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Friday, March 10, 2017

The Tortured Logic of the 2017 NBA MVP Race

Kenny Smith tells the story that he once asked fellow North Carolina alum Rasheed Wallace why he got so many technical fouls. Smith says that Wallace explained that his head would have exploded if he had not spoken up about what he perceived to be unjust calls. Smith completes the story by shrugging and conceding that it is better to get a technical foul than to have your head explode.

I think that my head may possibly explode if the 2017 NBA MVP race finishes the way it seems to be trending.

We know that LeBron James is still the best player in the world when he feels like it, but we also know that he coasts to some extent during the regular season.

Kevin Durant is the best player on the best team--a fact which has become even more evident since an injury took him out of the lineup and the Golden State Warriors became at least somewhat mortal--but he is not putting up superhuman numbers and he will lose some votes due to the backlash resulting from his decision to leave a contending team to join an archrival.

Kawhi Leonard is having a breakout season and is a legit MVP candidate but his soft-spoken style is easily ignored.

James Harden is putting up video game numbers in Mike D'Antoni's system--which should not surprise anyone--and his Houston Rockets started the season on fire but they are just 13-10 in their past 23 games despite having a roster that is built to showcase Harden's talents: Harden is flanked by great three point shooters on offense and by tough-minded stoppers who cover for him on defense.

Meanwhile, Russell Westbrook is having a historically great season while almost single-handedly carrying the Oklahoma City Thunder to the playoffs, something that almost never happens in the season after the departure of an MVP-level player. Westbrook is cruising toward his second scoring title (31.9 ppg, 2.5 ppg in front of Boston's Isaiah Thomas) in three years but that is just part of the story: he also ranks third in assists (10.1 apg) and 12th in rebounds (10.5 rpg). Not only is Westbrook averaging a triple double (a feat that only Oscar Robertson has accomplished over the course of a full season) but he has amassed 31 triple doubles, tying Wilt Chamberlain for the second highest single season total in NBA history. The Thunder are 25-6 when Westbrook notches a triple double this season (and 43-6 in such games over the past two seasons) but just 11-23 in the rest of their games; basically, when he is on the court and playing at his peak the Thunder are the Golden State Warriors but when Westbrook is on the bench or "merely" puts up, say, 25-6-6 then the Thunder are one of the worst teams in the league.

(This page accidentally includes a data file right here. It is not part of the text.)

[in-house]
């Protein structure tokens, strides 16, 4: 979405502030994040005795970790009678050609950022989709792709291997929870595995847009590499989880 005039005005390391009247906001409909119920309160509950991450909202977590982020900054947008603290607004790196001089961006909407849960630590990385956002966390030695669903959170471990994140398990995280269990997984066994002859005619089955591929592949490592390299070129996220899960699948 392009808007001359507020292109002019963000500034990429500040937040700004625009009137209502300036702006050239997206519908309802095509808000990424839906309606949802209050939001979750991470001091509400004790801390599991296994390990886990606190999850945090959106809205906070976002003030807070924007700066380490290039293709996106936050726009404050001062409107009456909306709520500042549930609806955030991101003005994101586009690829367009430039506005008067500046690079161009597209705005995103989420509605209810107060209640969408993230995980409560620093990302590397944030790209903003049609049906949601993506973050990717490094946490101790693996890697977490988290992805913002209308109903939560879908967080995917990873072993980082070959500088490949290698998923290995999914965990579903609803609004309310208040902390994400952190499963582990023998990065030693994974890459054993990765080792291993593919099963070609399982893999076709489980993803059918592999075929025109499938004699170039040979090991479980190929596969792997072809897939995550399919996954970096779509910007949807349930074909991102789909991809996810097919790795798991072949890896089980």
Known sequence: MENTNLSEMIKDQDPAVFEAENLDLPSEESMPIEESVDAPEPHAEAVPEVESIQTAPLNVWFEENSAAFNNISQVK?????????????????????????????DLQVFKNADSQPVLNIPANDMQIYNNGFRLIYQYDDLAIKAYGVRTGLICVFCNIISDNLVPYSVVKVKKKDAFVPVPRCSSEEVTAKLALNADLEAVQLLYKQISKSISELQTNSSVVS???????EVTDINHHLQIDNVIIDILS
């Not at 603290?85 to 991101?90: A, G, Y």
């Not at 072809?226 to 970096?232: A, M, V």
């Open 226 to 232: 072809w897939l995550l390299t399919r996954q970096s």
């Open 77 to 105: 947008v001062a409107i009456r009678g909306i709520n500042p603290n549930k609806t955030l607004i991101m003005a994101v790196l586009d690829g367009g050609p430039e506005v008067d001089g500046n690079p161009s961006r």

Westbrook's only problem is his name; the media voters know him and, apparently, don't particularly like him. Westbrook recently scored a career-high 58 points while shooting 21-39 from the field and passing for nine assists--and he had a +7 plus/minus number even though the Thunder lost, meaning that the team was terrible when he was on the bench but winning comfortably while he played. The media reaction to Westbrook's sparkling performance was to wonder if he is shooting too much while noting that the Thunder have a poor record when Westbrook attempts more than 30 shots--as if Westbrook is somehow shooting the Thunder out of contention, as opposed to trying his best to lift the team when it is floundering.